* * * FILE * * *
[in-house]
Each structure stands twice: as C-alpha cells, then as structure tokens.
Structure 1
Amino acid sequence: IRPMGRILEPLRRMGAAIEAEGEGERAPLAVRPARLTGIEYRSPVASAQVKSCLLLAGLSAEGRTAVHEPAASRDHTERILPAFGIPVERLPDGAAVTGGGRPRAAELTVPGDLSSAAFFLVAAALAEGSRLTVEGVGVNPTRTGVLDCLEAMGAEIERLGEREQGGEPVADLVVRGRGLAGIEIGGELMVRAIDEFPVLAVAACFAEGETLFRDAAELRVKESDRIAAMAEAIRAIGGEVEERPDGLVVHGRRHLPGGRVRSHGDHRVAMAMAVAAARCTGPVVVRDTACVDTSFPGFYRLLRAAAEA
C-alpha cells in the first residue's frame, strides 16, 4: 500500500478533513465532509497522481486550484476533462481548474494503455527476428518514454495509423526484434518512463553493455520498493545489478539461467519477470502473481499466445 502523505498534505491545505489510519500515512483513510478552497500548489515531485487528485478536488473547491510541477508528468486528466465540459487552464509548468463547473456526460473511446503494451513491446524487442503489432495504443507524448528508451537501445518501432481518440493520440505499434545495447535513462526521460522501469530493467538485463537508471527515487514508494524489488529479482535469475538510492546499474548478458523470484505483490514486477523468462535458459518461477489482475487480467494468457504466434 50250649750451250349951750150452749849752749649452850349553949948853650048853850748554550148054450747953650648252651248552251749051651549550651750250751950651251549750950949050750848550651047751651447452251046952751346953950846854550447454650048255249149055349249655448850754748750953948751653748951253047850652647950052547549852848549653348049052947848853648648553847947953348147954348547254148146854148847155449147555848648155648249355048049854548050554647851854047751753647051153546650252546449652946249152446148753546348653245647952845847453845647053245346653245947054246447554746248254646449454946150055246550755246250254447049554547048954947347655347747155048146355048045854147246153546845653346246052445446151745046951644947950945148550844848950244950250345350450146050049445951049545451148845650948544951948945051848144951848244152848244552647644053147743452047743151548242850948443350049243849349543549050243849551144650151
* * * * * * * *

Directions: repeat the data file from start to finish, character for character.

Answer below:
[in-house]
Each structure stands twice: as C-alpha cells, then as structure tokens.
Structure 1
Amino acid sequence: IRPMGRILEPLRRMGAAIEAEGEGERAPLAVRPARLTGIEYRSPVASAQVKSCLLLAGLSAEGRTAVHEPAASRDHTERILPAFGIPVERLPDGAAVTGGGRPRAAELTVPGDLSSAAFFLVAAALAEGSRLTVEGVGVNPTRTGVLDCLEAMGAEIERLGEREQGGEPVADLVVRGRGLAGIEIGGELMVRAIDEFPVLAVAACFAEGETLFRDAAELRVKESDRIAAMAEAIRAIGGEVEERPDGLVVHGRRHLPGGRVRSHGDHRVAMAMAVAAARCTGPVVVRDTACVDTSFPGFYRLLRAAAEA
C-alpha cells in the first residue's frame, strides 16, 4: 500500500478533513465532509497522481486550484476533462481548474494503455527476428518514454495509423526484434518512463553493455520498493545489478539461467519477470502473481499466445 502523505498534505491545505489510519500515512483513510478552497500548489515531485487528485478536488473547491510541477508528468486528466465540459487552464509548468463547473456526460473511446503494451513491446524487442503489432495504443507524448528508451537501445518501432481518440493520440505499434545495447535513462526521460522501469530493467538485463537508471527515487514508494524489488529479482535469475538510492546499474548478458523470484505483490514486477523468462535458459518461477489482475487480467494468457504466434 50250649750451250349951750150452749849752749649452850349553949948853650048853850748554550148054450747953650648252651248552251749051651549550651750250751950651251549750950949050750848550651047751651447452251046952751346953950846854550447454650048255249149055349249655448850754748750953948751653748951253047850652647950052547549852848549653348049052947848853648648553847947953348147954348547254148146854148847155449147555848648155648249355048049854548050554647851854047751753647051153546650252546449652946249152446148753546348653245647952845847453845647053245346653245947054246447554746248254646449454946150055246550755246250254447049554547048954947347655347747155048146355048045854147246153546845653346246052445446151745046951644947950945148550844848950244950250345350450146050049445951049545451148845650948544951948945051848144951848244152848244552647644053147743452047743151548242850948443350049243849349543549050243849551144650151